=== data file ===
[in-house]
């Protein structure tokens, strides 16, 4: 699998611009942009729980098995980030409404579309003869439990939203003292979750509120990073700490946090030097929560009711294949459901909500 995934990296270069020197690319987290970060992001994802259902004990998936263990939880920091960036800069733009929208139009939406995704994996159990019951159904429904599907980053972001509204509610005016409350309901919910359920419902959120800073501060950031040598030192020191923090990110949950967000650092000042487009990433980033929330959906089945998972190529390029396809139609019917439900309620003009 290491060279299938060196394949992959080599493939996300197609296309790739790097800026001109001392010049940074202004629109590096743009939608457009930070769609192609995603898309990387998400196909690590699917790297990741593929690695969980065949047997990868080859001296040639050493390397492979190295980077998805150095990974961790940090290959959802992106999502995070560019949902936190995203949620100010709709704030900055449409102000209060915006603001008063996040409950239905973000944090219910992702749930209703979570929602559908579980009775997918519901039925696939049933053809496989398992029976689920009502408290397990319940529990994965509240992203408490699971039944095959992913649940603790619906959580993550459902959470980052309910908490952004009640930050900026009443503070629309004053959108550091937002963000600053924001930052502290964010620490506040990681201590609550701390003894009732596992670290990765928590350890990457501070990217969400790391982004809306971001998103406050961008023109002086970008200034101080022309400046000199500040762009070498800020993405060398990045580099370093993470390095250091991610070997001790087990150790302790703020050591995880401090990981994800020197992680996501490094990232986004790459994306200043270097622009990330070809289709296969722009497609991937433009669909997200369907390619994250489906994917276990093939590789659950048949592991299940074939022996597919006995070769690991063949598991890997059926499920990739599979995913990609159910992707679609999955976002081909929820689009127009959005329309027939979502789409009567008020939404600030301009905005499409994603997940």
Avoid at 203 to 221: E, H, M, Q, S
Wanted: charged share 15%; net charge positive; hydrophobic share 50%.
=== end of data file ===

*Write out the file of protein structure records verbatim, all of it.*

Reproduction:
[in-house]
């Protein structure tokens, strides 16, 4: 699998611009942009729980098995980030409404579309003869439990939203003292979750509120990073700490946090030097929560009711294949459901909500 995934990296270069020197690319987290970060992001994802259902004990998936263990939880920091960036800069733009929208139009939406995704994996159990019951159904429904599907980053972001509204509610005016409350309901919910359920419902959120800073501060950031040598030192020191923090990110949950967000650092000042487009990433980033929330959906089945998972190529390029396809139609019917439900309620003009 290491060279299938060196394949992959080599493939996300197609296309790739790097800026001109001392010049940074202004629109590096743009939608457009930070769609192609995603898309990387998400196909690590699917790297990741593929690695969980065949047997990868080859001296040639050493390397492979190295980077998805150095990974961790940090290959959802992106999502995070560019949902936190995203949620100010709709704030900055449409102000209060915006603001008063996040409950239905973000944090219910992702749930209703979570929602559908579980009775997918519901039925696939049933053809496989398992029976689920009502408290397990319940529990994965509240992203408490699971039944095959992913649940603790619906959580993550459902959470980052309910908490952004009640930050900026009443503070629309004053959108550091937002963000600053924001930052502290964010620490506040990681201590609550701390003894009732596992670290990765928590350890990457501070990217969400790391982004809306971001998103406050961008023109002086970008200034101080022309400046000199500040762009070498800020993405060398990045580099370093993470390095250091991610070997001790087990150790302790703020050591995880401090990981994800020197992680996501490094990232986004790459994306200043270097622009990330070809289709296969722009497609991937433009669909997200369907390619994250489906994917276990093939590789659950048949592991299940074939022996597919006995070769690991063949598991890997059926499920990739599979995913990609159910992707679609999955976002081909929820689009127009959005329309027939979502789409009567008020939404600030301009905005499409994603997940």
Avoid at 203 to 221: E, H, M, Q, S
Wanted: charged share 15%; net charge positive; hydrophobic share 50%.